None of the baskets in the exhibition function as vessels in the conventional sense, but they have a more profound utility. “Our watershed moment in this project was when Terrol said that a basket is essentially something that holds a conversation,” says Aranda. “That was his definition.” The practice of creating baskets is inherently social, an activity that produces opportunities for dialogue among collaborators.

Photo courtesy of Aranda\Lasch and Terrol Dew Johnson.

“The baskets were about the relationships around the object, more than the object itself,” he adds. “That allowed us to open up the idea of what a basket could be.” In fact, the exhibition is the product of a long and productive relationship between Johnson and the studio. Three of the baskets they created together in 2006, each an elegant knot of aluminum, branches, or wood, now reside in MoMA’s permanent collection.

Alexandra Cunningham Cameron, the curator of “Meeting the Clouds Halfway,” confirms that one of the exhibition’s goals is to elicit dialogue. “There is a tangible current of community and activism to this show,” she explains via email. “The pieces in it are starting points for conversations about plans for living design ideals, embracing both tradition and technology.” 

What about the influence of artists like Robert Smithson or Michael Heizer, who used the desert as their medium? Cameron says that while there are material and environmental parallels, the mechanics and intentions of the work are very different. She is also emphatic that the spirit of the show has little in common with the heroic solipsism of land art: “Michael Heizer is a cowboy. He works in isolation. He doesn’t give a fuck. Terrol, Ben, and Chris give two fucks. Three, four, five.”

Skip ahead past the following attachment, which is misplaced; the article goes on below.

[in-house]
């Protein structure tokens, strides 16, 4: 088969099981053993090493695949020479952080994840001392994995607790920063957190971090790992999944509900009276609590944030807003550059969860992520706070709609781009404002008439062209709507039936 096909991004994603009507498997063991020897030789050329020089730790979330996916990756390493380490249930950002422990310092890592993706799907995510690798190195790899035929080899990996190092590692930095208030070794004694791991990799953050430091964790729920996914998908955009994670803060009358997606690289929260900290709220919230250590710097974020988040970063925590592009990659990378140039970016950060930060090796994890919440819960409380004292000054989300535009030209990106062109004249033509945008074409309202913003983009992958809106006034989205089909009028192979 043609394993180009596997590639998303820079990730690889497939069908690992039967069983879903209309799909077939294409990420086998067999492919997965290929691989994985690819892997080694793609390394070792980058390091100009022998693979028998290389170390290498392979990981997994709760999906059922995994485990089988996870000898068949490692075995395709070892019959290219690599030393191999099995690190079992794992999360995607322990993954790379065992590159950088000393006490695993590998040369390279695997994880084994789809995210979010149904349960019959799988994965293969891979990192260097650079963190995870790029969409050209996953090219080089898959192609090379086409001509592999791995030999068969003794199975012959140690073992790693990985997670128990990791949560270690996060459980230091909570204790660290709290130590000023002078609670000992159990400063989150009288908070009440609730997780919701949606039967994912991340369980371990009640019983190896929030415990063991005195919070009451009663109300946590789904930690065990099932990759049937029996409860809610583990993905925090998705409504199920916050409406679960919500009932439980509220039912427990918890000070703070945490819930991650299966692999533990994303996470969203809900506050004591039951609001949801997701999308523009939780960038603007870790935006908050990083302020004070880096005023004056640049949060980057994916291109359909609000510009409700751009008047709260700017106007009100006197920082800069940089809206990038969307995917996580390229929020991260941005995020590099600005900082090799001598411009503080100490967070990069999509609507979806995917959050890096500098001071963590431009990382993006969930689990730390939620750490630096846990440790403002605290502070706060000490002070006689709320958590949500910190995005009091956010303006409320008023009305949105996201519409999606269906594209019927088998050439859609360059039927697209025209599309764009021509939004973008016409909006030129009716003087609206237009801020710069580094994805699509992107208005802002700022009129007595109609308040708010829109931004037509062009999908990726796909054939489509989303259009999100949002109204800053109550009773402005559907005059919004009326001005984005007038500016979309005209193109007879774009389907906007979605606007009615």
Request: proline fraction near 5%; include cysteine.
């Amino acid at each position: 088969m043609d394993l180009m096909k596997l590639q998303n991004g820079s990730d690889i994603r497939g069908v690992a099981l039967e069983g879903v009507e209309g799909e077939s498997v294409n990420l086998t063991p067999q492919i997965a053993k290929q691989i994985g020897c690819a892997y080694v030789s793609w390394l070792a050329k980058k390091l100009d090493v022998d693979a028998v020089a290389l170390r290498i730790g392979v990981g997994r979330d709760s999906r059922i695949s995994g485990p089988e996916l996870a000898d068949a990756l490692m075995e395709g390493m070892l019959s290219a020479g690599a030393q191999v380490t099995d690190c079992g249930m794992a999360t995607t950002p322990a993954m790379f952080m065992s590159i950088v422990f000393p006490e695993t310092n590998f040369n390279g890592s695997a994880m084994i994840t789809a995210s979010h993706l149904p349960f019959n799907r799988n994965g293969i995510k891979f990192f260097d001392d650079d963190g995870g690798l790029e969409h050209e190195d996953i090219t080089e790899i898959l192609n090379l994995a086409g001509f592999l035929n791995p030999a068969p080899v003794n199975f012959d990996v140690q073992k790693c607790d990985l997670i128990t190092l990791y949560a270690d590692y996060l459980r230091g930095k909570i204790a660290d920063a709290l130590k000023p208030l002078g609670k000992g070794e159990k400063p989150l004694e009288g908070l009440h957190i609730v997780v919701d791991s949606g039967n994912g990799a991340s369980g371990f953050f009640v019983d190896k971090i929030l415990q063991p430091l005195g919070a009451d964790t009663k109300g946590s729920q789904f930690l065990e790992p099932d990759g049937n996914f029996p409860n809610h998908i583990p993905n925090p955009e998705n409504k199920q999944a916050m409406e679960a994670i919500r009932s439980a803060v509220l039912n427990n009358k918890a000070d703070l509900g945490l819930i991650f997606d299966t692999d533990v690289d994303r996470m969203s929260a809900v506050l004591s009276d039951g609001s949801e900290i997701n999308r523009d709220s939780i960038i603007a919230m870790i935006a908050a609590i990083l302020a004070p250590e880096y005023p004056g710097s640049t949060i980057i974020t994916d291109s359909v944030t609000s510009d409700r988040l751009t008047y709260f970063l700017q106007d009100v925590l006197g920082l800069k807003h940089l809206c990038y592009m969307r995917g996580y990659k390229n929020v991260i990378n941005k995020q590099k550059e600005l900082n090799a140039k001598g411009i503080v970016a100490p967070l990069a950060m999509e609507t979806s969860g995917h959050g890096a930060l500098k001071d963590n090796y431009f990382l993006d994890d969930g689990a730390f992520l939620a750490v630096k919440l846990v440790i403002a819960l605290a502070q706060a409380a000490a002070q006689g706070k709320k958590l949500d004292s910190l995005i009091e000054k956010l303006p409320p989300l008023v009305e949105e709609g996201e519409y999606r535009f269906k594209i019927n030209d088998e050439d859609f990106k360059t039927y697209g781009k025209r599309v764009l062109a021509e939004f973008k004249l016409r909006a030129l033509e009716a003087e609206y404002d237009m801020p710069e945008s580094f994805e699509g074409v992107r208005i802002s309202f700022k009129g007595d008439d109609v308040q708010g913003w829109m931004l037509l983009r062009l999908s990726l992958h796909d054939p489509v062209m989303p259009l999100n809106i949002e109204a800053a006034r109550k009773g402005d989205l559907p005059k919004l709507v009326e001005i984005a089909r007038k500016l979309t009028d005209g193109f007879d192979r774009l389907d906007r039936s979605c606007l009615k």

Left: Wire Coil 04, 2016. Right: Knot Basket, 2016. Images courtesy of Aranda/Lasch and Terrol Dew Johnson.

Indeed, all of the collaborators are deeply invested in community. In addition to preserving traditional basket weaving techniques, Johnson’s organization, Tohono O’odham Community Action, focuses on bringing stories, rituals, and native foods back to the community. His projects include the Desert Rain Café, a restaurant that is addressing the high diabetes and obesity rates in Native children by reintroducing families to healthy, traditional Tohono O’odham dishes.

For their part, Aranda\Lasch have created a new kind of rock for the exhibition. The studio is working with the (aptly named) scientist David Stone, inventor of the formula for ferrock, a new material five times stronger than concrete. As ferrock oxidizes, it captures carbon dioxide from the air, making it a potentially carbon-negative building material. It will be used to create the rock baskets, as well as a dome structure of overlapping petal shapes that will also be on view in the exhibition. “We want to use this show as an opportunity to prototype a new building material that could be used on the Tohono O’odham reservation in Sells, Arizona,” Aranda says. They imagine the dome being used as a seed bank, to preserve endangered native plants. With a touch of alchemy, Aranda, Lasch, and Johnson may just help to build a bridge across cultures, and keep the traditions of the Tohono O’odham Nation alive.

Ariela Gittlen